Tourist Detonation: Beautiful Seville
Seville is the largest city and capital of Andalusia. It lies in the plain of the River Guadalquivir. Spanish poets, like Federico Garcia Lorca, found inspiration in this beautiful city.
The city is divided into the Old Town, and the metropolitan area. Needless to say, all its architectural wonders can be found in Old Town.
Seville was founded by the Romans, under the name of Hispalis. Its mythological founder was Hercules. Important, Roman archeological sites can be found in Santiponce aka Itakica and Carmona.
Some sites include parts of a roman aqueduct, a temple in Marmoles Street, La Alameda de Hercules, and an underground anticuarium discovered in the Metropol Parasol and the city walls were built by Julius Caesar.
In 712, it got conquered by the Moors. Many of the Catholic churches in Seville got converted to mosques. The arabesque, medieval architecture stands as prime example of Muslim architecture.
Perfect examples that survive the test of time are Patio del Yeso in Alcazar, the city walls, the main section of Giralda and the bell tower of the Seville Cathedral.
Their influences are still present in modern urban architecture. Modern architects still use the same decorative herbage, small fountains in the courtyards and flowing letters.
After America was discovered, Seville became one of the economic centers of the Spanish Empire. Its ports had a monopoly of trans-Atlantic trade, during the Golden Age. Ferdinand Magallan left from the port of Seville in his quest to circumnavigate the globe.
Miguel de Cervantes, author of Don Quixote de la Mancha, also lived in Seville from 1596 to 1600.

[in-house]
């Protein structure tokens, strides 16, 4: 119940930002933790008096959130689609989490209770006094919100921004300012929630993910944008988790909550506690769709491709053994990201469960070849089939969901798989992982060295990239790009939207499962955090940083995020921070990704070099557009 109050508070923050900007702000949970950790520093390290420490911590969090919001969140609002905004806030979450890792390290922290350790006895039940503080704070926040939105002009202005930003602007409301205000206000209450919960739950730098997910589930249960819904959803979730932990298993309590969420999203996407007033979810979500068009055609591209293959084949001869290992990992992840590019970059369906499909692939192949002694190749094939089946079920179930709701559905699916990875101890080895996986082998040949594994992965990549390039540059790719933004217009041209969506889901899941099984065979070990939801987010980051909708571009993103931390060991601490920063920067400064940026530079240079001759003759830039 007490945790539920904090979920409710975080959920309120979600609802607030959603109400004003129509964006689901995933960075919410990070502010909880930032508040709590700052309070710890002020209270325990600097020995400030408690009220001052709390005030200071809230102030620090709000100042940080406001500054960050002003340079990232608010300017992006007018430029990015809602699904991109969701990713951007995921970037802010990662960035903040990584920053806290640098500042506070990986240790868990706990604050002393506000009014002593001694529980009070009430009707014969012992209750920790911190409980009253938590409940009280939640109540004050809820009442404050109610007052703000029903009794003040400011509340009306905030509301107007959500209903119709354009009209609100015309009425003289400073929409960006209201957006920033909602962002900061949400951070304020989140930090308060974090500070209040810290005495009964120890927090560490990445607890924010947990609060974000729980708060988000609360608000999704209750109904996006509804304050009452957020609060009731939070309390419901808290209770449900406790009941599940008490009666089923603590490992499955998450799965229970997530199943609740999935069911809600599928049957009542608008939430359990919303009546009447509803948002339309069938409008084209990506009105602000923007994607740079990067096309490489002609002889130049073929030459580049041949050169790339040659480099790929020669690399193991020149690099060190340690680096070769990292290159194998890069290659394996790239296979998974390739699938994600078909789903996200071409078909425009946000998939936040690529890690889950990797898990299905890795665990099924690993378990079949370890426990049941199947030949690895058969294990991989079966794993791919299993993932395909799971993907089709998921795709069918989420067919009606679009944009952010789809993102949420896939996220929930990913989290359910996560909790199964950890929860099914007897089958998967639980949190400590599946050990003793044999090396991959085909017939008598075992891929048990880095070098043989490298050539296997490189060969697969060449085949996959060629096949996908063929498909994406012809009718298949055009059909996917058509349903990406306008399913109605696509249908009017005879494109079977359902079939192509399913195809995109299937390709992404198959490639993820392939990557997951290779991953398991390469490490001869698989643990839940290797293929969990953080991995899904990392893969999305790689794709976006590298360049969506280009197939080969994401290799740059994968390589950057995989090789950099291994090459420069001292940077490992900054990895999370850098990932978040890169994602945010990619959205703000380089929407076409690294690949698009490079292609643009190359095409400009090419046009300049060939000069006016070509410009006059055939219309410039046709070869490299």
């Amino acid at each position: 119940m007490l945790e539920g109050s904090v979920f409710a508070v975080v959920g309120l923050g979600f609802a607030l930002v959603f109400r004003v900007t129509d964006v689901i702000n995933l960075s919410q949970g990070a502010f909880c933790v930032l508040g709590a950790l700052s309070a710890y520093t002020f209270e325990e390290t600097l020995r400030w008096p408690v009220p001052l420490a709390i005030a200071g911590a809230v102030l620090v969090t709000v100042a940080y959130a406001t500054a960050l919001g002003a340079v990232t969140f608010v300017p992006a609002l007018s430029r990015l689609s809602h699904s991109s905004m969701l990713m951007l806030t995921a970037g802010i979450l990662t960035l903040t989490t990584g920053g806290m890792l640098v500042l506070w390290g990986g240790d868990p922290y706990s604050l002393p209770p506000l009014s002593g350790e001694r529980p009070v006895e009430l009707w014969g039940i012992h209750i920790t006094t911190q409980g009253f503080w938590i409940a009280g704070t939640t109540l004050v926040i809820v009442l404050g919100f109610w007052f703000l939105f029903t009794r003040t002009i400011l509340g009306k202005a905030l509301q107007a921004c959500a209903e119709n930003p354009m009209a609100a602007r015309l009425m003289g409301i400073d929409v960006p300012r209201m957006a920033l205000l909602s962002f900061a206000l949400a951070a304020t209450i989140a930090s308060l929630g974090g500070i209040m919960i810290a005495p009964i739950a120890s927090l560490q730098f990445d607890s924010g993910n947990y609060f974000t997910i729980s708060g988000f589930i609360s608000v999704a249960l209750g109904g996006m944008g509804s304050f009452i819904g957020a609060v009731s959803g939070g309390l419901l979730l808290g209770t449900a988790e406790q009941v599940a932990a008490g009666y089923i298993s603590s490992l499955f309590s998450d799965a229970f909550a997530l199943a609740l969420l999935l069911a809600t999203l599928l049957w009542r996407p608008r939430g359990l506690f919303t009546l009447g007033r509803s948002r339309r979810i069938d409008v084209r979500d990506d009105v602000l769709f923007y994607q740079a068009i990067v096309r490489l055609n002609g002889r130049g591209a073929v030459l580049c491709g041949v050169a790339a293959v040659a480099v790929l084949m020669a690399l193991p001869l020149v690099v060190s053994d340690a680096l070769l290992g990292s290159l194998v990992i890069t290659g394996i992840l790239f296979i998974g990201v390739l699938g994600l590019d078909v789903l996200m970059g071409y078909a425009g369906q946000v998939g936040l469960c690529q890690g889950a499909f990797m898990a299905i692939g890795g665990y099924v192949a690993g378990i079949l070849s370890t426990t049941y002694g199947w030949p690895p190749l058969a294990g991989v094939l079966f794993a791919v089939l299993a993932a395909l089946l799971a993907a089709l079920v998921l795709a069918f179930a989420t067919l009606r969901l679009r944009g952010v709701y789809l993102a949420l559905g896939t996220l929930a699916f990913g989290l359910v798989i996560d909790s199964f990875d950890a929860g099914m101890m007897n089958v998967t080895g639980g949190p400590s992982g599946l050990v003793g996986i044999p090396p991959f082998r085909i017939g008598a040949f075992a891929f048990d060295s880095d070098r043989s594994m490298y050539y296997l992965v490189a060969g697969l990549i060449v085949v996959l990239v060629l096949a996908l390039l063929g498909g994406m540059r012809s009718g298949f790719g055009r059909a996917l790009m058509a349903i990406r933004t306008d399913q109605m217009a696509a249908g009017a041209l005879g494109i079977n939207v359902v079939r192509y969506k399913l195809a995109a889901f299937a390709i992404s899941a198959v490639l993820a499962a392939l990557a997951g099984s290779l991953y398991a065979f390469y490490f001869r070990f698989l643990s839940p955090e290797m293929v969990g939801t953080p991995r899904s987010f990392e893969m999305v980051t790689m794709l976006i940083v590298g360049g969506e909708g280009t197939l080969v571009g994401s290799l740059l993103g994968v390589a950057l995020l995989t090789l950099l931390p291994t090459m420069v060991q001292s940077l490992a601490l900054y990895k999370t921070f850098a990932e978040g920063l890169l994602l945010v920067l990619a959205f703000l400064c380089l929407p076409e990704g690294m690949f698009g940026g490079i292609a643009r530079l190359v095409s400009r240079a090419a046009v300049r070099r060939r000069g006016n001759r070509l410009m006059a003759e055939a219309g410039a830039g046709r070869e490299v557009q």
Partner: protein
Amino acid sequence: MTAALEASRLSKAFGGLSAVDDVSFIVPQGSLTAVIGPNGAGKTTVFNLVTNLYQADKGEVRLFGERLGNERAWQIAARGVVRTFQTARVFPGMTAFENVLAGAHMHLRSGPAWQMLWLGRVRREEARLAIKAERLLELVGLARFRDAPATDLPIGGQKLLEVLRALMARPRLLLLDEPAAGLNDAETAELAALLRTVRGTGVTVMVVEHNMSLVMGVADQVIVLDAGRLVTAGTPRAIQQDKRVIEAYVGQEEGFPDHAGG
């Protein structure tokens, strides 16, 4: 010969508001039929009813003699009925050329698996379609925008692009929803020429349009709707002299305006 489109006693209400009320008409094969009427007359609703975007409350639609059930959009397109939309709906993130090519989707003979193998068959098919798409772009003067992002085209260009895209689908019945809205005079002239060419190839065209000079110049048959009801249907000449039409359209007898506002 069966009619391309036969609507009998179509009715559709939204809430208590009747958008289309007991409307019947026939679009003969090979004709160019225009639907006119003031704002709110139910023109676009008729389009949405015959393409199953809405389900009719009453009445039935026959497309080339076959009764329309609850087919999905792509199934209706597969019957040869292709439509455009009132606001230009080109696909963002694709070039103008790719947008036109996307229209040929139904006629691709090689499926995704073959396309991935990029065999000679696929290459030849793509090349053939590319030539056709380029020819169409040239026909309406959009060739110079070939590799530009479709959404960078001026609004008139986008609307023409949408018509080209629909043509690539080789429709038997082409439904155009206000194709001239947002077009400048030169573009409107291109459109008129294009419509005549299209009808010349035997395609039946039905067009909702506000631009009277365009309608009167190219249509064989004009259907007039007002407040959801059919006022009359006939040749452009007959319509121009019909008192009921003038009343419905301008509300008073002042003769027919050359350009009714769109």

More recently, Seville was had to experience the horrors of the Spanish Civil War. They also hosted the Ibero- American Exposition of 1929 and the Seville Expo of 92.
The motto of Seville is a bit whimsical in the sense that it means: You have not abandoned me. This motto was given by the King Alfonso X. While the rest of Spain rioted, Seville stayed true and loyal.
The city became isolated during the rule of the dictator, Francisco Franco. Seville became relevant again, after the Dictator died. After the 1970s, Seville made plenty of modern architecture. It grew as a metropolitan city during the 70s and 80s.
Tourist must know the climate in Seville. The summers are warm and dry. The winters are wet and cold. Seville has the second hottest summers in all of Europe.
Temperatures go as high as 104 degrees. Winters tend to be relatively cool, with temperatures as low as 41 degrees. The hottest months is August, the coldest one is January.
Like any European city, Seville has a lot of historical landmarks. Most of them are churches. The best places to look at are St. Mary’s Cathedral, Alcazar a Moorish palace, Torre del Oro a watchtower, The Royal Tabaco Factory, the Metropol Parasol and La Macarena neighborhood.
Aside from these locations, Sevilla has many wonderful parks and gardens and few interesting Museums.
Holiday wise, tourists must remember that Seville is a catholic city. They celebrate with all the pomp and splendor all the catholic holidays.
Being part gypsy, they also have La Feria de Sevilla or the Seville Fair. During the fairs, all businesses spend their time dancing and singing traditional gypsy music. The flamenco music and dance is the centerpiece.
The fair is permanently grounded in the District of Los Remedies. Each street in that district is named after a famous bullfighter.
Sevilla also has a bullfighting season. The season starts on April 20 and it ends in October 12. If tourists have morbid curiosity about this event, they should come and have a peek.
Beside those days, there are special catholic related bullfighting events like the San Miguel Bullfights, Corpus Christi, and one in Easter Sunday.